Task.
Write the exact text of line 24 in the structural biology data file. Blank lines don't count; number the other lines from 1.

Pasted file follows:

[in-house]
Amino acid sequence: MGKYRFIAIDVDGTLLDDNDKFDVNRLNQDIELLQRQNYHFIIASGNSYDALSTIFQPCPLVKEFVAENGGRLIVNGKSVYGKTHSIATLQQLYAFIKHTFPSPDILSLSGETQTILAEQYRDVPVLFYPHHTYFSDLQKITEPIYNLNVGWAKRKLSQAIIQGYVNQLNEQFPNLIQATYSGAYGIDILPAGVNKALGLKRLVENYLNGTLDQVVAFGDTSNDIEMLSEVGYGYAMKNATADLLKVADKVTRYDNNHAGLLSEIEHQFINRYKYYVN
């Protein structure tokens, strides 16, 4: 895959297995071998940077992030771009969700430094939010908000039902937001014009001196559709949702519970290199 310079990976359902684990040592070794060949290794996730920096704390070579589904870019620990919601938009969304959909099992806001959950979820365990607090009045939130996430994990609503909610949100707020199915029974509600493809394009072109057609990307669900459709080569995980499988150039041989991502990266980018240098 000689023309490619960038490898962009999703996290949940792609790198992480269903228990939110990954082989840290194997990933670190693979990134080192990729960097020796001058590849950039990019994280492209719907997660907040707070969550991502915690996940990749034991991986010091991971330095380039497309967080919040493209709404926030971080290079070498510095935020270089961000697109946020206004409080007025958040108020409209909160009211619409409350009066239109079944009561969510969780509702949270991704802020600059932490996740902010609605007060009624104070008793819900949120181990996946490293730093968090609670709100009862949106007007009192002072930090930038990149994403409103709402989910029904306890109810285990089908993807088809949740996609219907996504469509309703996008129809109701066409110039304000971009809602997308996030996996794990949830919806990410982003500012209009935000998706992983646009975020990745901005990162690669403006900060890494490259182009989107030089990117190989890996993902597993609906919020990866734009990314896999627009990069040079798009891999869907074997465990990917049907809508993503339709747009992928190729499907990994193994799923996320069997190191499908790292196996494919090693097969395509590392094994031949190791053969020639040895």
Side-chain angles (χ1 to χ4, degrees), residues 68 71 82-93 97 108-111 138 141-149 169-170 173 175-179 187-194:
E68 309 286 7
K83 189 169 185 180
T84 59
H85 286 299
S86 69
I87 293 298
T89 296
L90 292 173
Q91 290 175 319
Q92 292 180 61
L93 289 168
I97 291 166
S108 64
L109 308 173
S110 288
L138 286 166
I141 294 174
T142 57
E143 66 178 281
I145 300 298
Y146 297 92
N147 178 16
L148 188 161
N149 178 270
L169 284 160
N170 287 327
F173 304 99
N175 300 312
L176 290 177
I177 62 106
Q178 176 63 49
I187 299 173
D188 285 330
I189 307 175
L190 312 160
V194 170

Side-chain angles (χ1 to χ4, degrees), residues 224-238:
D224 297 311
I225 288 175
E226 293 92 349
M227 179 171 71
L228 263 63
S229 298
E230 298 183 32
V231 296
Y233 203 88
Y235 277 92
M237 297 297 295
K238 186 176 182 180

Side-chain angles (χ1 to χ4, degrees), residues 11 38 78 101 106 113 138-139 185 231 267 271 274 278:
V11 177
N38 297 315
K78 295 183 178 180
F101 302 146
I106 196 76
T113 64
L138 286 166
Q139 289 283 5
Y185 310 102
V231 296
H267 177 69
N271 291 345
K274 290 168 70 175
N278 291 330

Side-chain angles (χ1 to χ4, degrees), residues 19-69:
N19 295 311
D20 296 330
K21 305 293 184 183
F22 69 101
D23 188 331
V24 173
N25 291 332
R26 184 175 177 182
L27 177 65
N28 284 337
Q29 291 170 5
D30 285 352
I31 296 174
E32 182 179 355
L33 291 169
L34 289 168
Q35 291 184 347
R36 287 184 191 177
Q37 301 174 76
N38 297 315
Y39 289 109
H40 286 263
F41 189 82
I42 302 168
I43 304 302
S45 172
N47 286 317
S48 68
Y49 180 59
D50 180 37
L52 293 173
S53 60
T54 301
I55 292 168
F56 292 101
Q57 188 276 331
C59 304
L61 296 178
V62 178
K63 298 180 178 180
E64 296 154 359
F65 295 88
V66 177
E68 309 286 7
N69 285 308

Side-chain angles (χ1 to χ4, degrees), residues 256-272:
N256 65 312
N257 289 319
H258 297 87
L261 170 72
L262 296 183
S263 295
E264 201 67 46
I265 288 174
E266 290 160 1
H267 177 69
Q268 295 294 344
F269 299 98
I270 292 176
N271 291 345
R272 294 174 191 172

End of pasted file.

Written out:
I145 300 298